Our first week of performances at Tate Britain has been a story of many parts but as a director and observer I’ve been most aware of the narrative of shifting; shifting bodies, shifting patterns, shifting visitors, shifting light, shifting energies. Whilst our company of professionals have a deep understanding of moving bodies, our non-professional girls have had to swiftly learn how to switch the pathways improvised around and with each other in the performance, and develop a hyper awareness of all the other bodies in the movement space, the gallery. A gallery audience (or, ‘visitors’ in this context), is unpredictable: it talks, it is silent, it ignores, it follows, it stays put, it moves into your space, it doesn’t move out of your space. Gallery visitors add a new layer of expertise our younger performers have had to take on.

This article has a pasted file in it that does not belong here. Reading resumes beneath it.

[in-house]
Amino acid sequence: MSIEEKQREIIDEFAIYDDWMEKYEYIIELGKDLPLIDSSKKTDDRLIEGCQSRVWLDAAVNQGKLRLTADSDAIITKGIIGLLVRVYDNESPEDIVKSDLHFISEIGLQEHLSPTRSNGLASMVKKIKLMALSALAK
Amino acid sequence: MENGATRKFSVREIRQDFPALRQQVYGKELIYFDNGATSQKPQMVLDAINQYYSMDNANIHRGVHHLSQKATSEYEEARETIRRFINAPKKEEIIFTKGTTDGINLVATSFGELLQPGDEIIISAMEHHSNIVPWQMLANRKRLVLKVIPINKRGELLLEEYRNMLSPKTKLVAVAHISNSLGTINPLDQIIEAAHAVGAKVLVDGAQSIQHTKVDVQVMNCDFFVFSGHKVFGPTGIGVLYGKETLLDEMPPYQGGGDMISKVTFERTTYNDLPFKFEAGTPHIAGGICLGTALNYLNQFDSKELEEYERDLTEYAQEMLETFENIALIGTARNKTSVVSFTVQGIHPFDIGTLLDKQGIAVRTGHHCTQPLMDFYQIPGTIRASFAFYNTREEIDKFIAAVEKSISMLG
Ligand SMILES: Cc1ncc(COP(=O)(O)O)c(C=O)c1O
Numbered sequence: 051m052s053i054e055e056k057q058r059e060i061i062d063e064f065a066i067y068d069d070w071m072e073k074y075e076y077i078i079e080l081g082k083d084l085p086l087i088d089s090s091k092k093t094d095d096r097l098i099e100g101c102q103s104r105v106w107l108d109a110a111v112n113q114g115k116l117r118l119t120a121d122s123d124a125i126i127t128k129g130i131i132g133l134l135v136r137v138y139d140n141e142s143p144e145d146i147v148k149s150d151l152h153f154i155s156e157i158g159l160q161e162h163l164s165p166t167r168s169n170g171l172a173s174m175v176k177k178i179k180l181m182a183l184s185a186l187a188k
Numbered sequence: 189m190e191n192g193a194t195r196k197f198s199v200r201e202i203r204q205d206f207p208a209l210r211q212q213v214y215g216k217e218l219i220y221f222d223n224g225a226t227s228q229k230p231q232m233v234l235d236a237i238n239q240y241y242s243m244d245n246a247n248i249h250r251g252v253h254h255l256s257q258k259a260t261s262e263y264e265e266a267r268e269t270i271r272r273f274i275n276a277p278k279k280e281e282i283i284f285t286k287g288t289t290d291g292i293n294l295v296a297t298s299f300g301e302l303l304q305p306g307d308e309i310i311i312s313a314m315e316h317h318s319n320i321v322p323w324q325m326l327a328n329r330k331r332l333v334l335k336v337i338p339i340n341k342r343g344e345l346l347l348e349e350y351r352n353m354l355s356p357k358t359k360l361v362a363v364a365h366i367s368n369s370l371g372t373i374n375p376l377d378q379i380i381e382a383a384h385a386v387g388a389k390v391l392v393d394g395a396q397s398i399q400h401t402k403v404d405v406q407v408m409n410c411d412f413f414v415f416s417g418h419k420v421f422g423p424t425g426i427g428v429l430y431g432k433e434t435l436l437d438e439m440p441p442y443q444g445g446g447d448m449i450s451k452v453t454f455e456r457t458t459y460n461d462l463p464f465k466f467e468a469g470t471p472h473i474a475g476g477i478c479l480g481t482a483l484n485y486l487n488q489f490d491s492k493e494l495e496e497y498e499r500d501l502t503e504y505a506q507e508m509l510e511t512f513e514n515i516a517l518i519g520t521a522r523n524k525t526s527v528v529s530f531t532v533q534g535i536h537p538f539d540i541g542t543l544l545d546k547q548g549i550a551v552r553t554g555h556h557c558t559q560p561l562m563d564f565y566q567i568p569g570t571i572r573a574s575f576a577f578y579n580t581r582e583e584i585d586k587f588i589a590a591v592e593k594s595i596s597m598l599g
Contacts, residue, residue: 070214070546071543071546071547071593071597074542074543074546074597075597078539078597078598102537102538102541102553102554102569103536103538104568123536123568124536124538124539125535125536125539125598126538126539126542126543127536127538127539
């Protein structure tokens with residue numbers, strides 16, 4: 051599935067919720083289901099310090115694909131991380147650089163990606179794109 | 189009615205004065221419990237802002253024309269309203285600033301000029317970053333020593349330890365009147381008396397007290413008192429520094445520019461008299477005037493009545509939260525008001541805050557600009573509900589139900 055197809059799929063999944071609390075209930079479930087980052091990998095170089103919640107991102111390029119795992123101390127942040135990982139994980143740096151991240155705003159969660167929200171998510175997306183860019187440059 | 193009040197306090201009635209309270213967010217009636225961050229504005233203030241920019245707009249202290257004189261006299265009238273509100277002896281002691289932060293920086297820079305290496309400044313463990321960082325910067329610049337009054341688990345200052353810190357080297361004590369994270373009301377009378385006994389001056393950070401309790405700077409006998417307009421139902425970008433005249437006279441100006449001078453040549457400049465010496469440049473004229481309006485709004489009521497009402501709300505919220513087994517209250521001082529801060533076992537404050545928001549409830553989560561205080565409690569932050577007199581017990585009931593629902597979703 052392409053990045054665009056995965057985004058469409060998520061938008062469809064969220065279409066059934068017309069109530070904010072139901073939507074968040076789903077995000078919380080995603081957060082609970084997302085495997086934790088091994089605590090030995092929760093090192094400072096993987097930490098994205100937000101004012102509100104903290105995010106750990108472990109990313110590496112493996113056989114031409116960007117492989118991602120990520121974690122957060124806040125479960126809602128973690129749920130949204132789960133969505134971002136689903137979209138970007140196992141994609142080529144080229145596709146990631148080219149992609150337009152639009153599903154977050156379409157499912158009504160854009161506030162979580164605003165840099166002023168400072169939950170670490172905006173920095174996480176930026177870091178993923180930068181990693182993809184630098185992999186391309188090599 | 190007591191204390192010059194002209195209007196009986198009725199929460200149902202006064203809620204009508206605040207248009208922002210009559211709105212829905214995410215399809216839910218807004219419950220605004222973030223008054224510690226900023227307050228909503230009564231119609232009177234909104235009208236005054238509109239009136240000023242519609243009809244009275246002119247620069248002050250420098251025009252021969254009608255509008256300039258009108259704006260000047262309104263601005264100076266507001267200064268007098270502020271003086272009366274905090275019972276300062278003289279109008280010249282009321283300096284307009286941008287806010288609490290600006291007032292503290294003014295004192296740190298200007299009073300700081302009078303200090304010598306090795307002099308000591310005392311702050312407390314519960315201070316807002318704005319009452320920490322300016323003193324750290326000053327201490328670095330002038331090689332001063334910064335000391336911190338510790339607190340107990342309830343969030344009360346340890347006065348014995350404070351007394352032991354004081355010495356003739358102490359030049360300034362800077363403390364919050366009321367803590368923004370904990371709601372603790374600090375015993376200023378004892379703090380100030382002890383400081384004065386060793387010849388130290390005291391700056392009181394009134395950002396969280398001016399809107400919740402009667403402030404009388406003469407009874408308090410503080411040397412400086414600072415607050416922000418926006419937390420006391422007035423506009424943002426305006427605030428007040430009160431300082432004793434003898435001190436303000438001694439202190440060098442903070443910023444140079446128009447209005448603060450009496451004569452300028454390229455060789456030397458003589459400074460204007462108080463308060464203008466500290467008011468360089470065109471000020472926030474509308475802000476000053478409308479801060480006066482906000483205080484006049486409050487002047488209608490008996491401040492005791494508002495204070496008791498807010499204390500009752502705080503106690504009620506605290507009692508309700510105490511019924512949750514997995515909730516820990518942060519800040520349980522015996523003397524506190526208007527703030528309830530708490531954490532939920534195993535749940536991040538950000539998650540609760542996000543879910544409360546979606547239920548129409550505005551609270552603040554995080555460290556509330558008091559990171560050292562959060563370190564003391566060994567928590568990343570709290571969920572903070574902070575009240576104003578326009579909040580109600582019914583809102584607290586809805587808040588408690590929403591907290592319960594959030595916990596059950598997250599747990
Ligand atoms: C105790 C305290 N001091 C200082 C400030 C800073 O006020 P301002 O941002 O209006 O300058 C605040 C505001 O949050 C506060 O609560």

These girls are extraordinary in their acceptance of this new state.
In our early prep for this new version of the piece there was a hankering after returning home, to be performing in the venue they knew, where they could trust that the space didn’t shift, that all eyes were on them and that the choreography they owned was entirely in their hands. After a week of performances these men and girls have honed their super powers and accepted that each time they step into those galleries, although they know everything, they also know nothing. It’s an exhilarating, terrifying, exhausting place to be, but we like it.